The rapid geographical expansion of the cassava mosaic disease (CMD) pandemic, caused by cassava mosaic geminiviruses, has devastated cassava crops in 12 countries of East and Central Africa since the late 1980s. Region-level surveys have revealed a continuing pattern of annual spread westward and southward along a contiguous 'front'. More recently, outbreaks of cassava brown streak disease (CBSD) were reported from Uganda and other parts of East Africa that had been hitherto unaffected by the disease. Recent survey data reveal several significant contrasts between the regional epidemiology of these two pandemics: (i) severe CMD radiates out from an initial centre of origin, whilst CBSD seems to be spreading from independent 'hot-spots'; (ii) the severe CMD pandemic has arisen from recombination and synergy between virus species, whilst the CBSD pandemic seems to be a 'new encounter' situation between host and pathogen; (iii) CMD pandemic spread has been tightly linked with the appearance of super-abundant Bemisia tabaci whitefly vector populations, in contrast to CBSD, where outbreaks have occurred 3-12 years after whitefly population increases; (iv) the CMGs causing CMD are transmitted in a persistent manner, whilst the two cassava brown streak viruses appear to be semi-persistently transmitted; and (v) different patterns of symptom expression mean that phytosanitary measures could be implemented easily for CMD but have limited effectiveness, whereas similar measures are difficult to apply for CBSD but are potentially very effective. An important similarity between the pandemics is that the viruses occurring in pandemic-affected areas are also found elsewhere, indicating that contrary to earlier published conclusions, the viruses per se are unlikely to be the key factors driving the two pandemics. A diagrammatic representation illustrates the temporal relationship between B. tabaci abundance and changing incidences of both CMD and CBSD in the Great Lakes region. This emphasizes the pivotal role played by the vector in both pandemics and the urgent need to identify effective and sustainable strategies for controlling whiteflies on cassava. © 2011 Elsevier B.V. Source


Night G.,Institute des science Agronomiques du Rwanda | Asiimwe P.,University of Arizona | Gashaka G.,Institute des science Agronomiques du Rwanda | Nkezabahizi D.,Institute des science Agronomiques du Rwanda | And 8 more authors.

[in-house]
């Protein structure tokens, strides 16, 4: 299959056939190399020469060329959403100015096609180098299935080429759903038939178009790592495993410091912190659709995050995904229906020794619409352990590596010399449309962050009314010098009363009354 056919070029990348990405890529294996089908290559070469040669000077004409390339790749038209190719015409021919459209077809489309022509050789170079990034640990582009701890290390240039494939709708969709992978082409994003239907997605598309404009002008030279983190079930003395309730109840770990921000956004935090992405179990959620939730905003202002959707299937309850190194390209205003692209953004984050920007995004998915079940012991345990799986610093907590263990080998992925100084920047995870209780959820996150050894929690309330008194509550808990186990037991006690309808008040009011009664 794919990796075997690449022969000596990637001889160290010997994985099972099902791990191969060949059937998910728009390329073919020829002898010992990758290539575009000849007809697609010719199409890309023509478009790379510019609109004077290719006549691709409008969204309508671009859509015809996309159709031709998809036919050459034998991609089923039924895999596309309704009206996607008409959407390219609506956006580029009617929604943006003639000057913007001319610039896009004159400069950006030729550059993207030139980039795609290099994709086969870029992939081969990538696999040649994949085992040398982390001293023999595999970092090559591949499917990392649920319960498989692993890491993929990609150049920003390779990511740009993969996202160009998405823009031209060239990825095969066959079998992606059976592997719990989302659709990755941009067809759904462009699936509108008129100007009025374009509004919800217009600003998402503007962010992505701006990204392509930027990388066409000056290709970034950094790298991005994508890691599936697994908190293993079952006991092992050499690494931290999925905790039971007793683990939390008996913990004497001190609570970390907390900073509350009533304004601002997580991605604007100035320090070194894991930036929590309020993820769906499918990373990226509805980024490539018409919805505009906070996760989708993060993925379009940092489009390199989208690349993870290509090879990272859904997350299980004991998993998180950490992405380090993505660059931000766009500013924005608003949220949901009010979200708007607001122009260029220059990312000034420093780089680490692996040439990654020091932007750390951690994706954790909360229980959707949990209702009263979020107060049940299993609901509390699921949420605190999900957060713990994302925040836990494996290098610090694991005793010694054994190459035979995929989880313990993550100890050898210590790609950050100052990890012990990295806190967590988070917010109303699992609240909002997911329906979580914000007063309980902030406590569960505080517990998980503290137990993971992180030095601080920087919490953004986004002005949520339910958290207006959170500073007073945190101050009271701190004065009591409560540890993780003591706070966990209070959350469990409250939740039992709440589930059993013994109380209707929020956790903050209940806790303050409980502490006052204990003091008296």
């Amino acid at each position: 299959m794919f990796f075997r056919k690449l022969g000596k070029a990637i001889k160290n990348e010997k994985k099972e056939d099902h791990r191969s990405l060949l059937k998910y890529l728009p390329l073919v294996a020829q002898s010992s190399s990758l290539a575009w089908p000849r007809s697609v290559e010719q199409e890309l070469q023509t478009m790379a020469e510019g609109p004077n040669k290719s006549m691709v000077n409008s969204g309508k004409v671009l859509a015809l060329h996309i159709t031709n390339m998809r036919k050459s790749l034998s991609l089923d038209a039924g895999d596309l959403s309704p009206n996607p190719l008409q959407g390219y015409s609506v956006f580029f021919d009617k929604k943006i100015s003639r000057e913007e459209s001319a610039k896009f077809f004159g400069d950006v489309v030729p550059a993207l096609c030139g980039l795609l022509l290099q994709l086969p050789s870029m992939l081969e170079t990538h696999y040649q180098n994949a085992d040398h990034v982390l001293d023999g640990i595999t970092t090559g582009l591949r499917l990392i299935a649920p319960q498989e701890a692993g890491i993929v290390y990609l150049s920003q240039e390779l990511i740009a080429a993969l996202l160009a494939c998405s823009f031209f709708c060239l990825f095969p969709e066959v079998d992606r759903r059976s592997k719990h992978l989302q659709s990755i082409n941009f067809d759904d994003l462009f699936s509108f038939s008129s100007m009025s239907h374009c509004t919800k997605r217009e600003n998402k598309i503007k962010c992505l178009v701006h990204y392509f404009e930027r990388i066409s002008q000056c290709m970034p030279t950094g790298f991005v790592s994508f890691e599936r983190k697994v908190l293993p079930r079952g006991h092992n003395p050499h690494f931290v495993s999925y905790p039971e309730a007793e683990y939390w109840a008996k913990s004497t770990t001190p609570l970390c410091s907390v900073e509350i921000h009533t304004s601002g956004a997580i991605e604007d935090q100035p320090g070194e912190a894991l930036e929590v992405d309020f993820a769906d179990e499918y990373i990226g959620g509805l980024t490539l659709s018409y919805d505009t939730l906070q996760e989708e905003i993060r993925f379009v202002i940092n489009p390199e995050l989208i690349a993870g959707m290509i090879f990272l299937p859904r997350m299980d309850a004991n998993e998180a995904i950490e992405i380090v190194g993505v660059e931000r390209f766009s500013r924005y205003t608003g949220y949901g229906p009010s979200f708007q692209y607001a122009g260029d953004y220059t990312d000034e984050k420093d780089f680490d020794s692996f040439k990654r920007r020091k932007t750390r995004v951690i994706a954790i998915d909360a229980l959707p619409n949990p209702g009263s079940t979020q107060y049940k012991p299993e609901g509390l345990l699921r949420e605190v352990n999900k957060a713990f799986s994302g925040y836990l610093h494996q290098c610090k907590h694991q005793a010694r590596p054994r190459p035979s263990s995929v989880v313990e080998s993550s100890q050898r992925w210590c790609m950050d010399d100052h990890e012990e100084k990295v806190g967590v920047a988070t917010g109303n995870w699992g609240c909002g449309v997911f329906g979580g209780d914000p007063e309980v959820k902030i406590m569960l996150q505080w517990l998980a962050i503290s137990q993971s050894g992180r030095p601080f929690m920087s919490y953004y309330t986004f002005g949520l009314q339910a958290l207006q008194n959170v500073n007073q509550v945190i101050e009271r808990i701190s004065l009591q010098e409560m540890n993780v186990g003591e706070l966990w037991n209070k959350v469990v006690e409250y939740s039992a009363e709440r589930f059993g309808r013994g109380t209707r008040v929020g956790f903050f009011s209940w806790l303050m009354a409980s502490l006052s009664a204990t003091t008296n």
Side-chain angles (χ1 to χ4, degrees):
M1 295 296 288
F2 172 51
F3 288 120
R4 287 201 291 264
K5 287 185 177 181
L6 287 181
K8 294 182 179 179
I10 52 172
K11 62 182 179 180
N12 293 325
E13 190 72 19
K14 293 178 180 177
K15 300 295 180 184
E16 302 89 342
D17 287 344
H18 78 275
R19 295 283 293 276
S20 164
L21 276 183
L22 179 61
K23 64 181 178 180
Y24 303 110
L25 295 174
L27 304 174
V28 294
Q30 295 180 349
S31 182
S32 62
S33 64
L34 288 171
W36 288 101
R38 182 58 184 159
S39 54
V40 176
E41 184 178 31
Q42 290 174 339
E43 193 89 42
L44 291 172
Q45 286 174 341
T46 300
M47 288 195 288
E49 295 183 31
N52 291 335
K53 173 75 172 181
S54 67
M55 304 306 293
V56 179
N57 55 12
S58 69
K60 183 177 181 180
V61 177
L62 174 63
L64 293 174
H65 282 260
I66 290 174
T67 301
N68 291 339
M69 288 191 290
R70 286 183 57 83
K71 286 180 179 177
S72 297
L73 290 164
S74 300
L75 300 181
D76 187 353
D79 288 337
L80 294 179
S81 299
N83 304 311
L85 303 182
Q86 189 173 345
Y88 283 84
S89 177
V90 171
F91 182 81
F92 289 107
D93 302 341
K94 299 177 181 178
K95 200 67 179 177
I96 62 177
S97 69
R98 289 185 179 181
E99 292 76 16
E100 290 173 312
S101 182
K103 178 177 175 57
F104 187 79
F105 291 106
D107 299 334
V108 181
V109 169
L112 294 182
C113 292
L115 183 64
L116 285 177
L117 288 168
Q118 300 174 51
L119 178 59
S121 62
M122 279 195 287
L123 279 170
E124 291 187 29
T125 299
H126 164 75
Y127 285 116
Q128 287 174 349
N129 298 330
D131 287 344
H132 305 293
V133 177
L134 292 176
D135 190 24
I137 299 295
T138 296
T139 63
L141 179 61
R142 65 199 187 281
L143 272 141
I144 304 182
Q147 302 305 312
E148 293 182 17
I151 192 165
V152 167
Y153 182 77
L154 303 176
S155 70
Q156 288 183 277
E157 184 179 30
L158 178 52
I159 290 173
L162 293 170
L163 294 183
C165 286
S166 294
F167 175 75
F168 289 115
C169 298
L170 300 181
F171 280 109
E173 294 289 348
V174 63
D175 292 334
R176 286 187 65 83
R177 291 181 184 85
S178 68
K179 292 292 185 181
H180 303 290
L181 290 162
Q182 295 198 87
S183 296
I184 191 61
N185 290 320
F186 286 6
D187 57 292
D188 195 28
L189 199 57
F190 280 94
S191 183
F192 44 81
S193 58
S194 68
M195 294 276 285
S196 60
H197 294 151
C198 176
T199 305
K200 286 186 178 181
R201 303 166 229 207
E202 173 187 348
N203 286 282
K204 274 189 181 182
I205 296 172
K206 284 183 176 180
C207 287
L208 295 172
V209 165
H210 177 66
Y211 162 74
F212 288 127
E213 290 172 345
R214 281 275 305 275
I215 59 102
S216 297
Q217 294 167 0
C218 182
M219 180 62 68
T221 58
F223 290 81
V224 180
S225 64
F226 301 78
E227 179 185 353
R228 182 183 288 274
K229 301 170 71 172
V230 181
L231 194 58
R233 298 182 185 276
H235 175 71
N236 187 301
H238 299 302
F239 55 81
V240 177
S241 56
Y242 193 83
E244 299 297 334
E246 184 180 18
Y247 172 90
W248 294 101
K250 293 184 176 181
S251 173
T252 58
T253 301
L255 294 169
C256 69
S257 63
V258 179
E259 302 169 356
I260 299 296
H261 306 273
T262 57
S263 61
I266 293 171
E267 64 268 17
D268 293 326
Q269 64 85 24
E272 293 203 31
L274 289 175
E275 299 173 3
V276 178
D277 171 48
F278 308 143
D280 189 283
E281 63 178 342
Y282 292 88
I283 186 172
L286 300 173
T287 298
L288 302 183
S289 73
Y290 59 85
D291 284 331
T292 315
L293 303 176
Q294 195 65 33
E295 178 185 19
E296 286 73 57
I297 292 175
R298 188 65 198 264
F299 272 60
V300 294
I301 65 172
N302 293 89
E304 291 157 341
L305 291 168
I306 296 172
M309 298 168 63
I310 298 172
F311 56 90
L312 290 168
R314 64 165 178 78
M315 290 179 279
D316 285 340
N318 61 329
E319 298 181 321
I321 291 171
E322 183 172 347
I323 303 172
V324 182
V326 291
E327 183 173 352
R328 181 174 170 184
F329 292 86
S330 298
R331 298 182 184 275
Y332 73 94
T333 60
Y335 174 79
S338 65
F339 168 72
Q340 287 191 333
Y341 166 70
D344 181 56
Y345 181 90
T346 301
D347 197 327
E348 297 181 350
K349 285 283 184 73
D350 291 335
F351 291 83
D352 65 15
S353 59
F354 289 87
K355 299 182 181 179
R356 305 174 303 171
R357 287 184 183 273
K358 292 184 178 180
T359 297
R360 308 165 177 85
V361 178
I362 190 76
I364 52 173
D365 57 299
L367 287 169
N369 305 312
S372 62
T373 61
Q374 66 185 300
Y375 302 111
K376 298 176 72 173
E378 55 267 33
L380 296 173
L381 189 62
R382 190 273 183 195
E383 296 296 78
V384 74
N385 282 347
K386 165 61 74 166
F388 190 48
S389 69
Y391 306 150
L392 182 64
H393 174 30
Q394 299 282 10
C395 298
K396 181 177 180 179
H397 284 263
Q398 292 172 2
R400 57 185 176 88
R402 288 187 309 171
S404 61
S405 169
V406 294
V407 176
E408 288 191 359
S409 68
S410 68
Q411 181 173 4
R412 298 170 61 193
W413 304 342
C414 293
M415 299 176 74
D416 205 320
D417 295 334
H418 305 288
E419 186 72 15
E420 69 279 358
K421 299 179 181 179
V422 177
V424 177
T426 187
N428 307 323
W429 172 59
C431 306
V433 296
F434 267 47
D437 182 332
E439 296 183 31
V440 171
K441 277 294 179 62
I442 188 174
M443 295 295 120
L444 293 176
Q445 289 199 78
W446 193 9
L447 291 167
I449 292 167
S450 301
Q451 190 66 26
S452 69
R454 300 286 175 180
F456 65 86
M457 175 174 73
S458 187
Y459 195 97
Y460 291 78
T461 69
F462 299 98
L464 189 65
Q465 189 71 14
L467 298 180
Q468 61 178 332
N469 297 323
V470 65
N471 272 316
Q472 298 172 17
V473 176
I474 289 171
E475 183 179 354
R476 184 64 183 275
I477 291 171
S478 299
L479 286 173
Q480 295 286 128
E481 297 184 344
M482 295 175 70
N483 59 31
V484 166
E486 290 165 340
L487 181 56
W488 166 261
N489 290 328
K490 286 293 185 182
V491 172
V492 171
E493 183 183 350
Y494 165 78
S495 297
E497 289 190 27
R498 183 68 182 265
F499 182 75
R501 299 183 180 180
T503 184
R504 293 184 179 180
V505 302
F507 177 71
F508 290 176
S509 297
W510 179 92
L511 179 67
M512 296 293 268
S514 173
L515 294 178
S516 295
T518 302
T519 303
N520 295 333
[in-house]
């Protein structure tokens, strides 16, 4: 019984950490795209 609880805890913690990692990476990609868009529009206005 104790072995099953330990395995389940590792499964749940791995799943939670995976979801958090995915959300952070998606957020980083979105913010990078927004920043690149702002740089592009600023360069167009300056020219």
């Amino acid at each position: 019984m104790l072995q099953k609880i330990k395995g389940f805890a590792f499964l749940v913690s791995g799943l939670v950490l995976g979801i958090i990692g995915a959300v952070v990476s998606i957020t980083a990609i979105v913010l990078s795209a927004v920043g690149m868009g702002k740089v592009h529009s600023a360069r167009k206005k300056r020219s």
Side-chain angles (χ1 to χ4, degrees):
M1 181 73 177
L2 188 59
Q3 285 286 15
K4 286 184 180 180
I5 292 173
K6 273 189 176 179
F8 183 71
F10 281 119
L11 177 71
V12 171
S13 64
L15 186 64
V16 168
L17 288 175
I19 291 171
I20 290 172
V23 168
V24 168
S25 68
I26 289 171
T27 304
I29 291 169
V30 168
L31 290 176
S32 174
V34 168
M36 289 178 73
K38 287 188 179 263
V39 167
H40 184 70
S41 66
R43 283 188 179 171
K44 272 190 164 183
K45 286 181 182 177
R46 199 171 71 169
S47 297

Agriculture, Ecosystems and Environment | Year: 2011

A survey was conducted in 2007 to obtain information on the distribution, incidence and severity of cassava pests and diseases in Rwanda, and determine how these parameters relate with cassava varieties and intercropping. Local (unimproved) cultivars predominated in most farmers' fields (over 83%) and 78% of the fields were intercropped. Cassava green mite, Mononychellus tanajoa and cassava whitefly, Bemisia tabaci, were the most abundant pests. Within-field incidence of green mite averaged 42% but damage was mild (average score of 2.3 on a scale of 5). Typhlodromalus aripo, the mite predator of green mite, was found in 28% of the fields surveyed, with a mean incidence of 5.7% within fields. The mean number of B. tabaci whitefly adults on the apical five leaves was 0.92 whereas the mean number of whitefly nymphs on a middle leaf was 5.2. Incidence of cassava mosaic disease within sites averaged 33.2%. Cutting infection accounted for 66% of infected plants but the relative contribution of cutting and whitefly infection varied among the major varieties. Mite damage as well as mosaic disease incidence and severity were higher on local varieties. However, whitefly populations were higher on improved varieties. Intercropping was associated with lower pest populations and disease incidence and severity. © 2011 Elsevier B.V. Source